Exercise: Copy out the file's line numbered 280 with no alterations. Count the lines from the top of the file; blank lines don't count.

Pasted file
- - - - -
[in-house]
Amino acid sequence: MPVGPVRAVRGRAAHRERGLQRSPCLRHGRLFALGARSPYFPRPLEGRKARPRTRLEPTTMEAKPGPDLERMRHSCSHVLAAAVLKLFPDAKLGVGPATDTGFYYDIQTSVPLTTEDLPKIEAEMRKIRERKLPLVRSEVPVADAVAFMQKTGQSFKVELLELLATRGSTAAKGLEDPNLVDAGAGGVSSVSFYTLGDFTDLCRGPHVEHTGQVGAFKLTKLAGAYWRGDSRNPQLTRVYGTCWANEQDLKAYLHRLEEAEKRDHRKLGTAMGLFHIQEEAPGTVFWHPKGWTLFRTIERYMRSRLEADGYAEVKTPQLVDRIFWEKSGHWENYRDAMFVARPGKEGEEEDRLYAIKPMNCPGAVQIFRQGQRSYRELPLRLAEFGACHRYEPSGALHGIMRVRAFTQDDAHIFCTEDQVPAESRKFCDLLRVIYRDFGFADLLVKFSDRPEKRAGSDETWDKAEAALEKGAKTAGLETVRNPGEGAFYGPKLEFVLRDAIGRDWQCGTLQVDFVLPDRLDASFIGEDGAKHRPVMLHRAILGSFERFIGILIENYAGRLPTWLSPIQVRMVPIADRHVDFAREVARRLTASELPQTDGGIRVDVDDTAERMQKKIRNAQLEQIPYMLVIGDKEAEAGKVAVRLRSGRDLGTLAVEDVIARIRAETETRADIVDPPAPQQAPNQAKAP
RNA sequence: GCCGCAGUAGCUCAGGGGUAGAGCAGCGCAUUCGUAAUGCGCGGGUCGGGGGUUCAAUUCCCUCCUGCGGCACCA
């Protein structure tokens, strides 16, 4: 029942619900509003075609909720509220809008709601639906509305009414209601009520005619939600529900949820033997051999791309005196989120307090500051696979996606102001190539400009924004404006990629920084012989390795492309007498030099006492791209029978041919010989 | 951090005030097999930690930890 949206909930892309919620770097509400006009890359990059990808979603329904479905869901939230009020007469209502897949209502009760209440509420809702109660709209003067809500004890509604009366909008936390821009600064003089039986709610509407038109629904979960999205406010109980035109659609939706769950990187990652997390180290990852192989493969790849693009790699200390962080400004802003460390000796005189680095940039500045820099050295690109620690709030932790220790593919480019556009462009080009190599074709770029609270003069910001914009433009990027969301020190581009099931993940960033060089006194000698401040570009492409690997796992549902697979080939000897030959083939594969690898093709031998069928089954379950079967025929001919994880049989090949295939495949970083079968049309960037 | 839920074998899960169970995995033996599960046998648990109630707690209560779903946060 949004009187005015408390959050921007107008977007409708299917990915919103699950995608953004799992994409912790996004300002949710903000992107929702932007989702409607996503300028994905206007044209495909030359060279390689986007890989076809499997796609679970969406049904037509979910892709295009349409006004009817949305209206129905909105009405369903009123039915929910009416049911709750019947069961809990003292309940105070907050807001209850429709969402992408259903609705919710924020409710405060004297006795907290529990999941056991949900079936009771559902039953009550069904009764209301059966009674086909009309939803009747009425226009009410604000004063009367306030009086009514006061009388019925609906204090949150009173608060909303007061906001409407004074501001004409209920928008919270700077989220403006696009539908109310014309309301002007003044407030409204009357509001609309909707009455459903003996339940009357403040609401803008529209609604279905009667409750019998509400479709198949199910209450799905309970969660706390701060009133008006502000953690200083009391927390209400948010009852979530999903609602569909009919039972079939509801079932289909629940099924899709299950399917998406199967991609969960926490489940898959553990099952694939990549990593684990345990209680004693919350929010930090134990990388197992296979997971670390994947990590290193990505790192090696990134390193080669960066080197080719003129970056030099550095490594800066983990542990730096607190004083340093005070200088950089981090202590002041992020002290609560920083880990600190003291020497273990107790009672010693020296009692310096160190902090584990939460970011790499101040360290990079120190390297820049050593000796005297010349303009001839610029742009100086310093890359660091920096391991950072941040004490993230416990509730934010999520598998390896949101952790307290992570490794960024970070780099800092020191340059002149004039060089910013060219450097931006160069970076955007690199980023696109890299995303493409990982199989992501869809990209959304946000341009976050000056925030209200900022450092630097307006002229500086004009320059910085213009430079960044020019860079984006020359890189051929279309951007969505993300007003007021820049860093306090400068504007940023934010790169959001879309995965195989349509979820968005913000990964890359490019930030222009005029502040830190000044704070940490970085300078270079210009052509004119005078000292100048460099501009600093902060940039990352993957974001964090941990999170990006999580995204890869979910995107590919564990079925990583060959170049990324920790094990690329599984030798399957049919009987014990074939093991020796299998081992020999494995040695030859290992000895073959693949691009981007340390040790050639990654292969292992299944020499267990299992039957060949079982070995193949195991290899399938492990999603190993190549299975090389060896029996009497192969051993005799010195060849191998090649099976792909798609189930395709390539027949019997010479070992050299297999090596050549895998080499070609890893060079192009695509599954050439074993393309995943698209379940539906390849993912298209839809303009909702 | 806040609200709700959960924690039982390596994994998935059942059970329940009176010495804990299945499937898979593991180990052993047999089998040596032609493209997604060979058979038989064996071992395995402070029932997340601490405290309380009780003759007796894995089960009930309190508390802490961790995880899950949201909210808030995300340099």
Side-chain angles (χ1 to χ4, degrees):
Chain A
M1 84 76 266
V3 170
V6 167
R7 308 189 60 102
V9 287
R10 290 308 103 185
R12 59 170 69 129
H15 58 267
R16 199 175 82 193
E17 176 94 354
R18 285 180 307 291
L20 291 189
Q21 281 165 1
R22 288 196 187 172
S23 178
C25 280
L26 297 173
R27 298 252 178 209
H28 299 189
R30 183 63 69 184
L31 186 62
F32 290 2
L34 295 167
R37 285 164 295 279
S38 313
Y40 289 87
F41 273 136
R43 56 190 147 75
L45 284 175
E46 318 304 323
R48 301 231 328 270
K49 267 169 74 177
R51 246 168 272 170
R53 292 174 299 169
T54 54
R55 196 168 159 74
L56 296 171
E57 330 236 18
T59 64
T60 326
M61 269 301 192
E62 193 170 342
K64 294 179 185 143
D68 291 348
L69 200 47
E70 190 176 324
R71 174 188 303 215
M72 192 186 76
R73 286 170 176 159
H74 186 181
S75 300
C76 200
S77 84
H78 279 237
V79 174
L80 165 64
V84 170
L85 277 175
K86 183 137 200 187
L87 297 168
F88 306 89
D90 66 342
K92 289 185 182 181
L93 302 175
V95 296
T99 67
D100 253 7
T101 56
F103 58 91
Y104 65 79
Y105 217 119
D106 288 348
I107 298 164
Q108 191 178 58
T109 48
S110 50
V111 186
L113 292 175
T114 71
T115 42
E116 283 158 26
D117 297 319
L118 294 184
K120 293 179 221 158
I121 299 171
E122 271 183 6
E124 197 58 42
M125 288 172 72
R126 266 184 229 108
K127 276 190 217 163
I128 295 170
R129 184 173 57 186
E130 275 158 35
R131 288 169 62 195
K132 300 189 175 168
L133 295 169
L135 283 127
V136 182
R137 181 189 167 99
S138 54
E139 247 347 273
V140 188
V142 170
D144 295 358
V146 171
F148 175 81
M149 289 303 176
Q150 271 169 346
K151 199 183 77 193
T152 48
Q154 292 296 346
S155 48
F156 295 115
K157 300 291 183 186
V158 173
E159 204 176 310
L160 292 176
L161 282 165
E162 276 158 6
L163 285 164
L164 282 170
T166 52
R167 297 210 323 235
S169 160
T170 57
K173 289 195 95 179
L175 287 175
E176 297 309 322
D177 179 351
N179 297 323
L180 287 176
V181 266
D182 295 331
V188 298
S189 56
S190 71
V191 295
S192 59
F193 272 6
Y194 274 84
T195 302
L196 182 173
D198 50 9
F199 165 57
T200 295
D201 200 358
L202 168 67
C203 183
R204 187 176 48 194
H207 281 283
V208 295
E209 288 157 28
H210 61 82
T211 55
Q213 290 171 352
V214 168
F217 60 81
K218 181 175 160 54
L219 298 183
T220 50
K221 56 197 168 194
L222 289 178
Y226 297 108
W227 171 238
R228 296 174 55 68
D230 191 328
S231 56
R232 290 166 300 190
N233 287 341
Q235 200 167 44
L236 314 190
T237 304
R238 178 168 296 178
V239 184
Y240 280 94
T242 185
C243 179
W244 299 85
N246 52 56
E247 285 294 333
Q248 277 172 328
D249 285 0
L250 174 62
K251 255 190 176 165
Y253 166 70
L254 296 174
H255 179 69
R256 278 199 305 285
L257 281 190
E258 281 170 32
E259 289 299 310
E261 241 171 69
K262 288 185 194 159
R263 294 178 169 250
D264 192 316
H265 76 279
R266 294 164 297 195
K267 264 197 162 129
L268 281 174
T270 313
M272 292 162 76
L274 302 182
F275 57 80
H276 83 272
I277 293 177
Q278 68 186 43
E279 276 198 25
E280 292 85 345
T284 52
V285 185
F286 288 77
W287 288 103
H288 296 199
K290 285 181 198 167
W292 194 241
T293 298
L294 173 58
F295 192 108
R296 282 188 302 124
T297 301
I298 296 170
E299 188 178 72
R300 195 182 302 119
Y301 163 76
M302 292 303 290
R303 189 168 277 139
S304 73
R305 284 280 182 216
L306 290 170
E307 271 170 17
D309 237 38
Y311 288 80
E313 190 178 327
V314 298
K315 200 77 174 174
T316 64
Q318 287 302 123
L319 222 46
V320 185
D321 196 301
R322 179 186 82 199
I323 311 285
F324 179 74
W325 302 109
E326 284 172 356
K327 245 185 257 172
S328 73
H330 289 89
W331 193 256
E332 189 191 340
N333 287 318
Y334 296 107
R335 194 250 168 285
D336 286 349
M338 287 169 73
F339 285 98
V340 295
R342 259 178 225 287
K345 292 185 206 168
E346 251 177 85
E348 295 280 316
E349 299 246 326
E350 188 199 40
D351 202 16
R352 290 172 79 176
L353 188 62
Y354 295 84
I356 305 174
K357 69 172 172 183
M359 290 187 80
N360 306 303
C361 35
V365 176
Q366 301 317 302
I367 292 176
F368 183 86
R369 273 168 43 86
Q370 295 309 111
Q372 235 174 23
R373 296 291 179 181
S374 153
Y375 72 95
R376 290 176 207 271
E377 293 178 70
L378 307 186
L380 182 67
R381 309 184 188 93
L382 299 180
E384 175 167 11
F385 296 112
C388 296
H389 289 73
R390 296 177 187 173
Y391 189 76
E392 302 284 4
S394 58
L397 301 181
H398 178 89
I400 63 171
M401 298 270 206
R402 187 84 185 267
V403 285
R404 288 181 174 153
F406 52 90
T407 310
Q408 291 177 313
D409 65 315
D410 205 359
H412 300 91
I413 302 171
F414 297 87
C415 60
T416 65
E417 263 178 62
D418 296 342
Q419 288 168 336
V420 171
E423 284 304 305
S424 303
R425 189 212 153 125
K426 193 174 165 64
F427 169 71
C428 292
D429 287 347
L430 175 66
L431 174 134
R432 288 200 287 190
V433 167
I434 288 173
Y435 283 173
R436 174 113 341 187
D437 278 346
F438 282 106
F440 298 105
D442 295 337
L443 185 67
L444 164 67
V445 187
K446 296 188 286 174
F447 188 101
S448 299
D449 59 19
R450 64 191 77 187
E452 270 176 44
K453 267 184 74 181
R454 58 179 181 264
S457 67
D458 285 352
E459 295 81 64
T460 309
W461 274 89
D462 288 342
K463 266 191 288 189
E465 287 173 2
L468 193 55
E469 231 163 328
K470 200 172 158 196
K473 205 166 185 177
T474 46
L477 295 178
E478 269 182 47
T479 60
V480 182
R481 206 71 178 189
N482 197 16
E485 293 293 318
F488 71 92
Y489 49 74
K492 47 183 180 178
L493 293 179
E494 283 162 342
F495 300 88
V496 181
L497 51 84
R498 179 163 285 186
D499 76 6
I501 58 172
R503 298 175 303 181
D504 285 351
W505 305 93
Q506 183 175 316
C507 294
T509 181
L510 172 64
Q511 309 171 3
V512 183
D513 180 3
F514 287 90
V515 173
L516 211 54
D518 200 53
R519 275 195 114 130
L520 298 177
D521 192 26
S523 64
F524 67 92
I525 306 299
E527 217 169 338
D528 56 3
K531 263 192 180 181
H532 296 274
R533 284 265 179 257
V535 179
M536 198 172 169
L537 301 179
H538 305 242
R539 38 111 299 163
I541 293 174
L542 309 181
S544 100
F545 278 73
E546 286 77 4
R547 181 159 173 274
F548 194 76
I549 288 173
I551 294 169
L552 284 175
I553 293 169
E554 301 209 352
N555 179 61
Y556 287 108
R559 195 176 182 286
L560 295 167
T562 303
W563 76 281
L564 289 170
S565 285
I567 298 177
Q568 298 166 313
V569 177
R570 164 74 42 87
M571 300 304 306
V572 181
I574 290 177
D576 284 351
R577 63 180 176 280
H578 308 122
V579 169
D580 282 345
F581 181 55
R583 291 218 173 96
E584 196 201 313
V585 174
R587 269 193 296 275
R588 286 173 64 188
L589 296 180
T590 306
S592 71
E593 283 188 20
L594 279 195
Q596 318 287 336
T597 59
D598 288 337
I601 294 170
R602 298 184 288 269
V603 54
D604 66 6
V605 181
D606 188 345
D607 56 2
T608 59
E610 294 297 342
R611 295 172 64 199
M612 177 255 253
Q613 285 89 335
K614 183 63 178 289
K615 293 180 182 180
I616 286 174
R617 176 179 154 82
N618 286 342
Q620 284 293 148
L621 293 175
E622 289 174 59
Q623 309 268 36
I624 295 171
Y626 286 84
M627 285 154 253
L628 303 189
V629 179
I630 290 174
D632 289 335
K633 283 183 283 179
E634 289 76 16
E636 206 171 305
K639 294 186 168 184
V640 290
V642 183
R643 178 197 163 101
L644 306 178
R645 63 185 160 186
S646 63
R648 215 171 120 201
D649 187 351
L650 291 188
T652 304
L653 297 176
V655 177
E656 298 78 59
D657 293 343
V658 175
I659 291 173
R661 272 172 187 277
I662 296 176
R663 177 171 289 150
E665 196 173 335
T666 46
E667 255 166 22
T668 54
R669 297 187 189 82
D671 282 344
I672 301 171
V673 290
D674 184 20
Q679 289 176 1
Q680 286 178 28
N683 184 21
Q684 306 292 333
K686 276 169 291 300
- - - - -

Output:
Q366 301 317 302